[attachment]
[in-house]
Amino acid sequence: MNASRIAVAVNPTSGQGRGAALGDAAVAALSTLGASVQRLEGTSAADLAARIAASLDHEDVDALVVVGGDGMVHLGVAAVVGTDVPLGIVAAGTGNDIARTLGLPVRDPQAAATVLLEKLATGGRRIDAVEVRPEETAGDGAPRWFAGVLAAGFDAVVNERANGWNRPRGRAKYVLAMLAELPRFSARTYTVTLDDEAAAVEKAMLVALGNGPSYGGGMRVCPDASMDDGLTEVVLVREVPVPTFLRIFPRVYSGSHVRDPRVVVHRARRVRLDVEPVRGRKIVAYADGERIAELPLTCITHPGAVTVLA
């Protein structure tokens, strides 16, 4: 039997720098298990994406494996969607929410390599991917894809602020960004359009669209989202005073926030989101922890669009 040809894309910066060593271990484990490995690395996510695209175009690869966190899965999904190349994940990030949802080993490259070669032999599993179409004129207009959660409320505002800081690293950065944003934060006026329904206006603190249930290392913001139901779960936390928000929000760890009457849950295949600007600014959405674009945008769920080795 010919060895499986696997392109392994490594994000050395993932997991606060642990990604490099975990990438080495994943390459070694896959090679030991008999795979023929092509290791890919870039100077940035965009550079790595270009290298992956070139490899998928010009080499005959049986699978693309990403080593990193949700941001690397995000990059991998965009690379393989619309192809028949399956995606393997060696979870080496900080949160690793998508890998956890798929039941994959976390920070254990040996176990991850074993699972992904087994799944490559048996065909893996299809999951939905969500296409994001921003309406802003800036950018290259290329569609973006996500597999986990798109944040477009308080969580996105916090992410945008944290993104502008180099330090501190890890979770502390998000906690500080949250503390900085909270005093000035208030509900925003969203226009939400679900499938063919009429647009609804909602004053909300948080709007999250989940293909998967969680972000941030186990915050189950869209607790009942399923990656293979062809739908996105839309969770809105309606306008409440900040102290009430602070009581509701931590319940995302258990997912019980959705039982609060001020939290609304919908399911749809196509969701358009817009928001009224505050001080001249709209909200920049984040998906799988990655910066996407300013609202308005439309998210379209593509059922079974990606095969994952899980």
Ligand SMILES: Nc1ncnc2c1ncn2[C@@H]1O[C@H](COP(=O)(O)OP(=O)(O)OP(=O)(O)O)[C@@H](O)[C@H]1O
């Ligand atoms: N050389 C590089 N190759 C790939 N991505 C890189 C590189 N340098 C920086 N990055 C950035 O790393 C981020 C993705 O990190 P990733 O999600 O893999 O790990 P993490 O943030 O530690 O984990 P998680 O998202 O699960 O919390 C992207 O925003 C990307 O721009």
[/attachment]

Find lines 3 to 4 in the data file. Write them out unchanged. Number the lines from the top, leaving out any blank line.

């Protein structure tokens, strides 16, 4: 039997720098298990994406494996969607929410390599991917894809602020960004359009669209989202005073926030989101922890669009 040809894309910066060593271990484990490995690395996510695209175009690869966190899965999904190349994940990030949802080993490259070669032999599993179409004129207009959660409320505002800081690293950065944003934060006026329904206006603190249930290392913001139901779960936390928000929000760890009457849950295949600007600014959405674009945008769920080795 010919060895499986696997392109392994490594994000050395993932997991606060642990990604490099975990990438080495994943390459070694896959090679030991008999795979023929092509290791890919870039100077940035965009550079790595270009290298992956070139490899998928010009080499005959049986699978693309990403080593990193949700941001690397995000990059991998965009690379393989619309192809028949399956995606393997060696979870080496900080949160690793998508890998956890798929039941994959976390920070254990040996176990991850074993699972992904087994799944490559048996065909893996299809999951939905969500296409994001921003309406802003800036950018290259290329569609973006996500597999986990798109944040477009308080969580996105916090992410945008944290993104502008180099330090501190890890979770502390998000906690500080949250503390900085909270005093000035208030509900925003969203226009939400679900499938063919009429647009609804909602004053909300948080709007999250989940293909998967969680972000941030186990915050189950869209607790009942399923990656293979062809739908996105839309969770809105309606306008409440900040102290009430602070009581509701931590319940995302258990997912019980959705039982609060001020939290609304919908399911749809196509969701358009817009928001009224505050001080001249709209909200920049984040998906799988990655910066996407300013609202308005439309998210379209593509059922079974990606095969994952899980």
Ligand SMILES: Nc1ncnc2c1ncn2[C@@H]1O[C@H](COP(=O)(O)OP(=O)(O)OP(=O)(O)O)[C@@H](O)[C@H]1O